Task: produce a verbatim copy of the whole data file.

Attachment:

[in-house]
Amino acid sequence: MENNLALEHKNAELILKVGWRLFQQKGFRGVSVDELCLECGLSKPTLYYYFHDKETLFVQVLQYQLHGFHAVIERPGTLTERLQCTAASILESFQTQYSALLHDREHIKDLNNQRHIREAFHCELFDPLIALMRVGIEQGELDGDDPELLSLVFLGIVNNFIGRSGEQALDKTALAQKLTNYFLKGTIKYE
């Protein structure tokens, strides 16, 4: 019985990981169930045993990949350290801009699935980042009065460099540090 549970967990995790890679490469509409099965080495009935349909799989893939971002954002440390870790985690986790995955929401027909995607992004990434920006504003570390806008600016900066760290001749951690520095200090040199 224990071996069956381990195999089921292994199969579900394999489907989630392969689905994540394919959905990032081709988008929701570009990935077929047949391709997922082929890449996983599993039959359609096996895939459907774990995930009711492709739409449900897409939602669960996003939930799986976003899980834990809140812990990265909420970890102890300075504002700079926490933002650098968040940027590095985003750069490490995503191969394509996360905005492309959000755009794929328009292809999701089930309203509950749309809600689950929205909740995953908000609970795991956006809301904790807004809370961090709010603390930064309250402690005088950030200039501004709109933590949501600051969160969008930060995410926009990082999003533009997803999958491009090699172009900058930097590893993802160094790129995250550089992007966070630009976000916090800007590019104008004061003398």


[in-house]
Amino acid sequence: MENNLALEHKNAELILKVGWRLFQQKGFRGVSVDELCLECGLSKPTLYYYFHDKETLFVQVLQYQLHGFHAVIERPGTLTERLQCTAASILESFQTQYSALLHDREHIKDLNNQRHIREAFHCELFDPLIALMRVGIEQGELDGDDPELLSLVFLGIVNNFIGRSGEQALDKTALAQKLTNYFLKGTIKYE
């Protein structure tokens, strides 16, 4: 019985990981169930045993990949350290801009699935980042009065460099540090 549970967990995790890679490469509409099965080495009935349909799989893939971002954002440390870790985690986790995955929401027909995607992004990434920006504003570390806008600016900066760290001749951690520095200090040199 224990071996069956381990195999089921292994199969579900394999489907989630392969689905994540394919959905990032081709988008929701570009990935077929047949391709997922082929890449996983599993039959359609096996895939459907774990995930009711492709739409449900897409939602669960996003939930799986976003899980834990809140812990990265909420970890102890300075504002700079926490933002650098968040940027590095985003750069490490995503191969394509996360905005492309959000755009794929328009292809999701089930309203509950749309809600689950929205909740995953908000609970795991956006809301904790807004809370961090709010603390930064309250402690005088950030200039501004709109933590949501600051969160969008930060995410926009990082999003533009997803999958491009090699172009900058930097590893993802160094790129995250550089992007966070630009976000916090800007590019104008004061003398």